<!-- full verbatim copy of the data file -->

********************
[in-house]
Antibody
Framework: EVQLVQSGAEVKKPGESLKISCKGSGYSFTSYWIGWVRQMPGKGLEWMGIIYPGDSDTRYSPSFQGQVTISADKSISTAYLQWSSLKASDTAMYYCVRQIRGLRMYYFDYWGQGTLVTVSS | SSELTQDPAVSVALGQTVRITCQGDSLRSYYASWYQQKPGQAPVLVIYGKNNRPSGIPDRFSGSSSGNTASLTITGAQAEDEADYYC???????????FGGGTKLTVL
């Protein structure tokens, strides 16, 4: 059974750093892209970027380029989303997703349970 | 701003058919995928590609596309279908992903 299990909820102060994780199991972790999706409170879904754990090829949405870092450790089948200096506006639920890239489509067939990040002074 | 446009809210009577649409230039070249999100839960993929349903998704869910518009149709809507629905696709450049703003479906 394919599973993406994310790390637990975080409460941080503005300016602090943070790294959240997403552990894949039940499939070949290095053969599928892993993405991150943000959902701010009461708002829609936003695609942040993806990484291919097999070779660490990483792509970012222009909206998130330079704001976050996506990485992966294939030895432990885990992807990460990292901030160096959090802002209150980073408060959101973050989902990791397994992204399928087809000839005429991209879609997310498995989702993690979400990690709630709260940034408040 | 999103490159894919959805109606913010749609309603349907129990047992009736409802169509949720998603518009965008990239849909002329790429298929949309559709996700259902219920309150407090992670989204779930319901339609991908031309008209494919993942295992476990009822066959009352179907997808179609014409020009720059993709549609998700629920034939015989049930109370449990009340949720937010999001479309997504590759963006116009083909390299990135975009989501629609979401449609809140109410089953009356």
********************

[in-house]
Antibody
Framework: EVQLVQSGAEVKKPGESLKISCKGSGYSFTSYWIGWVRQMPGKGLEWMGIIYPGDSDTRYSPSFQGQVTISADKSISTAYLQWSSLKASDTAMYYCVRQIRGLRMYYFDYWGQGTLVTVSS | SSELTQDPAVSVALGQTVRITCQGDSLRSYYASWYQQKPGQAPVLVIYGKNNRPSGIPDRFSGSSSGNTASLTITGAQAEDEADYYC???????????FGGGTKLTVL
């Protein structure tokens, strides 16, 4: 059974750093892209970027380029989303997703349970 | 701003058919995928590609596309279908992903 299990909820102060994780199991972790999706409170879904754990090829949405870092450790089948200096506006639920890239489509067939990040002074 | 446009809210009577649409230039070249999100839960993929349903998704869910518009149709809507629905696709450049703003479906 394919599973993406994310790390637990975080409460941080503005300016602090943070790294959240997403552990894949039940499939070949290095053969599928892993993405991150943000959902701010009461708002829609936003695609942040993806990484291919097999070779660490990483792509970012222009909206998130330079704001976050996506990485992966294939030895432990885990992807990460990292901030160096959090802002209150980073408060959101973050989902990791397994992204399928087809000839005429991209879609997310498995989702993690979400990690709630709260940034408040 | 999103490159894919959805109606913010749609309603349907129990047992009736409802169509949720998603518009965008990239849909002329790429298929949309559709996700259902219920309150407090992670989204779930319901339609991908031309008209494919993942295992476990009822066959009352179907997808179609014409020009720059993709549609998700629920034939015989049930109370449990009340949720937010999001479309997504590759963006116009083909390299990135975009989501629609979401449609809140109410089953009356």